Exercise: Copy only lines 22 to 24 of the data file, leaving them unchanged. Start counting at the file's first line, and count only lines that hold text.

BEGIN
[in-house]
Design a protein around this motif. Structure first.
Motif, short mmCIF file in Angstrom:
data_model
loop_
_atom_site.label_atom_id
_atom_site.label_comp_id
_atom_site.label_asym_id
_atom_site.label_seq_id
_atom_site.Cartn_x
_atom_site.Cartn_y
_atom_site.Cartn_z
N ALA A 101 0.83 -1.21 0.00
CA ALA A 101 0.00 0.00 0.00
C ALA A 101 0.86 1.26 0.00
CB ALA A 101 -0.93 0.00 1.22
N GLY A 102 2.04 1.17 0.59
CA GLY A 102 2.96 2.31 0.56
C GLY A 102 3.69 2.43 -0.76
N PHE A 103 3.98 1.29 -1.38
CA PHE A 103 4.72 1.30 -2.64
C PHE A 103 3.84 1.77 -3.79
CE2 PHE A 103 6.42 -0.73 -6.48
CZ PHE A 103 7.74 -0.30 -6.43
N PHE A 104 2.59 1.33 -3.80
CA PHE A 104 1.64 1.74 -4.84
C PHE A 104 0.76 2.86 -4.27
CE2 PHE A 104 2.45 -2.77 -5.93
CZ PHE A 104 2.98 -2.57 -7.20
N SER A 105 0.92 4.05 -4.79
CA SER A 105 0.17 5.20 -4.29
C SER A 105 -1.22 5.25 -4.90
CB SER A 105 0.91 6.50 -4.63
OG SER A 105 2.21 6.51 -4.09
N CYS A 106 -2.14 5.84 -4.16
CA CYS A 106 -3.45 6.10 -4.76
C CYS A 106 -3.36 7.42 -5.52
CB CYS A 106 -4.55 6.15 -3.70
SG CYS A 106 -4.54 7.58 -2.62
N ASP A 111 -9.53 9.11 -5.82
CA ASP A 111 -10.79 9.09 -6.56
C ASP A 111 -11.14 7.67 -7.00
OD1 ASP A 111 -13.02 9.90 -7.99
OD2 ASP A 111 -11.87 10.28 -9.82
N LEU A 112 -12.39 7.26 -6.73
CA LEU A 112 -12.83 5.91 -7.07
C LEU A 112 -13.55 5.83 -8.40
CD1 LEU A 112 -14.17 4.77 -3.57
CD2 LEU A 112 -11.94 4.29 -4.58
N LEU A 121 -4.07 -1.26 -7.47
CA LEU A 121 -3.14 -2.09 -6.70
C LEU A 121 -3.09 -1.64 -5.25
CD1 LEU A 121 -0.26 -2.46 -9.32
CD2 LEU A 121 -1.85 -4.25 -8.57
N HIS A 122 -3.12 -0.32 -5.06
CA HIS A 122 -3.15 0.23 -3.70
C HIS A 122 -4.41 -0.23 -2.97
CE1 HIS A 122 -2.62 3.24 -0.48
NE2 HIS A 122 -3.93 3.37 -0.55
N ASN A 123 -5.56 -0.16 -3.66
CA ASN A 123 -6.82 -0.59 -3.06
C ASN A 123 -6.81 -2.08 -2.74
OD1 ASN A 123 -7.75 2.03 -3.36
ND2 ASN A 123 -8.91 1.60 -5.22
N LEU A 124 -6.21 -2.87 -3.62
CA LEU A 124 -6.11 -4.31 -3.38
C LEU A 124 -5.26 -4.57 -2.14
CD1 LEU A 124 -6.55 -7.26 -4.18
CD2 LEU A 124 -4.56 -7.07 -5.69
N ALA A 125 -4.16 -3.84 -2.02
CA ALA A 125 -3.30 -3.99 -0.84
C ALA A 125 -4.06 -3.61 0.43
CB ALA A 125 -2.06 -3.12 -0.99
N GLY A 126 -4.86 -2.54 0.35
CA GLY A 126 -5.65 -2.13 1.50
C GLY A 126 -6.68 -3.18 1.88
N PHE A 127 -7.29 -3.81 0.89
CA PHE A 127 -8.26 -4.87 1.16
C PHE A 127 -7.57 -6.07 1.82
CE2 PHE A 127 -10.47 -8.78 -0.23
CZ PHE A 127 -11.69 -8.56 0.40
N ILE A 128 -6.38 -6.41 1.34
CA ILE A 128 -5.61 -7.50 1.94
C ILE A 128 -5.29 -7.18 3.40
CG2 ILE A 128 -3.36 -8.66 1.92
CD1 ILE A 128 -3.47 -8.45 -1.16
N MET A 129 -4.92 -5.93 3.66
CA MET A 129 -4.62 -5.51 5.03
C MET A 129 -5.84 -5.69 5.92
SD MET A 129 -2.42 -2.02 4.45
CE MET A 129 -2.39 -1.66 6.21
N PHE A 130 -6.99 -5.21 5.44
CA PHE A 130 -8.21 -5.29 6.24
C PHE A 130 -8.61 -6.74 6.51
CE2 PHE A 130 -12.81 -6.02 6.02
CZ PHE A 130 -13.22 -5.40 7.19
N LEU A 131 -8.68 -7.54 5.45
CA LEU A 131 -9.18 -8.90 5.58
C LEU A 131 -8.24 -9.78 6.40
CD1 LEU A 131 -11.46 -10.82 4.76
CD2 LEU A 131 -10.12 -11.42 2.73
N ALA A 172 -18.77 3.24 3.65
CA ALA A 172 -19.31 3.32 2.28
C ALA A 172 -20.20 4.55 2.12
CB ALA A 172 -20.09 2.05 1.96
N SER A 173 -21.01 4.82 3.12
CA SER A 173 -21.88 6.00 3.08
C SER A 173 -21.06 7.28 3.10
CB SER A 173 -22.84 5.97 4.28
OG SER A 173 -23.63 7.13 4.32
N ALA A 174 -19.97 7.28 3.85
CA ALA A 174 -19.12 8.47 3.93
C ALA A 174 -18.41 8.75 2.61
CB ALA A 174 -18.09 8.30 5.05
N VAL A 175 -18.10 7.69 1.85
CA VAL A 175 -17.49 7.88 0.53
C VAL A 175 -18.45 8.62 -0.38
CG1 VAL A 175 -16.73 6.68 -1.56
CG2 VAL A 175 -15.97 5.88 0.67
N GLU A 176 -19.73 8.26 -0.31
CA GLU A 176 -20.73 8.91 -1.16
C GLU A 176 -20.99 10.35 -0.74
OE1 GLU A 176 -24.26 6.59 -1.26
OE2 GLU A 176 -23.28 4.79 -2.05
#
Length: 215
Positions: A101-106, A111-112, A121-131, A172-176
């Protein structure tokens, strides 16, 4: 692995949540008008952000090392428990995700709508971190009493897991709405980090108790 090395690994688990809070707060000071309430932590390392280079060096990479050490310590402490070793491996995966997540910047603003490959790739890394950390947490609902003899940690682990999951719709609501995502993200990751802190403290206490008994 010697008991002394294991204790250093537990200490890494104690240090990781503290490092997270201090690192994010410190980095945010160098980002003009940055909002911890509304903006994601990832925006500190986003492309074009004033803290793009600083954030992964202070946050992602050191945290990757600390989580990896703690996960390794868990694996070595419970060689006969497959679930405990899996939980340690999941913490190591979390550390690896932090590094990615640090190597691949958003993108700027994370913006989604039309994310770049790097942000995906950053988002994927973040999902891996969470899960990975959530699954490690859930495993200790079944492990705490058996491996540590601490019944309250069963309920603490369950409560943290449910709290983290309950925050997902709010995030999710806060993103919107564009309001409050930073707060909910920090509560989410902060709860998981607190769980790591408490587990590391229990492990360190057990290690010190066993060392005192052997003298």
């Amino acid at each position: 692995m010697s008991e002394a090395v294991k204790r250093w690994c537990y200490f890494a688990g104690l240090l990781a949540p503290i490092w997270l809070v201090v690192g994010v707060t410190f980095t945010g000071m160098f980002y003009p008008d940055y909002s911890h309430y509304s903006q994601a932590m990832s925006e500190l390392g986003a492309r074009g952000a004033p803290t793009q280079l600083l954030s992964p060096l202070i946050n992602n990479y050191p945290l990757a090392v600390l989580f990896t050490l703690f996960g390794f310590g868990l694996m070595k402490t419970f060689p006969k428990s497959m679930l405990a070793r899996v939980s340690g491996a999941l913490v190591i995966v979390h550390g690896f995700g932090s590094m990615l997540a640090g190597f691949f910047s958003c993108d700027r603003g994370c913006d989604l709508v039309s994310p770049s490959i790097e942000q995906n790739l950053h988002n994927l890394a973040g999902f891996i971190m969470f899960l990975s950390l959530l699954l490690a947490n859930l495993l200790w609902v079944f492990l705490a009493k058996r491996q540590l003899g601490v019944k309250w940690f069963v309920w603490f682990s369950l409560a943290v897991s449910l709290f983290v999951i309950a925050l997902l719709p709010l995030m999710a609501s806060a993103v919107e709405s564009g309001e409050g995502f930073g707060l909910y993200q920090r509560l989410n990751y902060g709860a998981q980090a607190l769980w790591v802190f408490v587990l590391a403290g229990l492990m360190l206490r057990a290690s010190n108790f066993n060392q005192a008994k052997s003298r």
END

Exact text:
C PHE A 103 3.84 1.77 -3.79
CE2 PHE A 103 6.42 -0.73 -6.48
CZ PHE A 103 7.74 -0.30 -6.43